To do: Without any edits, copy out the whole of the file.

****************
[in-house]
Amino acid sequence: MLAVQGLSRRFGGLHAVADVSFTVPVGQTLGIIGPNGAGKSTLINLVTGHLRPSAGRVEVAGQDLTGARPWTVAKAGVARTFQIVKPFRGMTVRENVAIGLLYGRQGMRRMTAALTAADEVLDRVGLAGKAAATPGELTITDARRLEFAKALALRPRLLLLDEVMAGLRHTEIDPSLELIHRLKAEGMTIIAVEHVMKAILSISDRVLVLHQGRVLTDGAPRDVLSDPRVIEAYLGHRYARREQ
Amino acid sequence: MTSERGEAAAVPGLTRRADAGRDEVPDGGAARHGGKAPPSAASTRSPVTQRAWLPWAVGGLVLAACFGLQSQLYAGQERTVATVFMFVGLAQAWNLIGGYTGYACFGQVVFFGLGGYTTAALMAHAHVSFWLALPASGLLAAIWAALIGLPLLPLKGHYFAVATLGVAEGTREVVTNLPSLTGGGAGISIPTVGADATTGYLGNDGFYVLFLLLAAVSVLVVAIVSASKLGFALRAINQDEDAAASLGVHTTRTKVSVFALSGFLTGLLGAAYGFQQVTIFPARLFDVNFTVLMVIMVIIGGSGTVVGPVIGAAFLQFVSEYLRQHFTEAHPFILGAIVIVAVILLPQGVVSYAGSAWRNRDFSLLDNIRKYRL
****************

[in-house]
Amino acid sequence: MLAVQGLSRRFGGLHAVADVSFTVPVGQTLGIIGPNGAGKSTLINLVTGHLRPSAGRVEVAGQDLTGARPWTVAKAGVARTFQIVKPFRGMTVRENVAIGLLYGRQGMRRMTAALTAADEVLDRVGLAGKAAATPGELTITDARRLEFAKALALRPRLLLLDEVMAGLRHTEIDPSLELIHRLKAEGMTIIAVEHVMKAILSISDRVLVLHQGRVLTDGAPRDVLSDPRVIEAYLGHRYARREQ
Amino acid sequence: MTSERGEAAAVPGLTRRADAGRDEVPDGGAARHGGKAPPSAASTRSPVTQRAWLPWAVGGLVLAACFGLQSQLYAGQERTVATVFMFVGLAQAWNLIGGYTGYACFGQVVFFGLGGYTTAALMAHAHVSFWLALPASGLLAAIWAALIGLPLLPLKGHYFAVATLGVAEGTREVVTNLPSLTGGGAGISIPTVGADATTGYLGNDGFYVLFLLLAAVSVLVVAIVSASKLGFALRAINQDEDAAASLGVHTTRTKVSVFALSGFLTGLLGAAYGFQQVTIFPARLFDVNFTVLMVIMVIIGGSGTVVGPVIGAAFLQFVSEYLRQHFTEAHPFILGAIVIVAVILLPQGVVSYAGSAWRNRDFSLLDNIRKYRL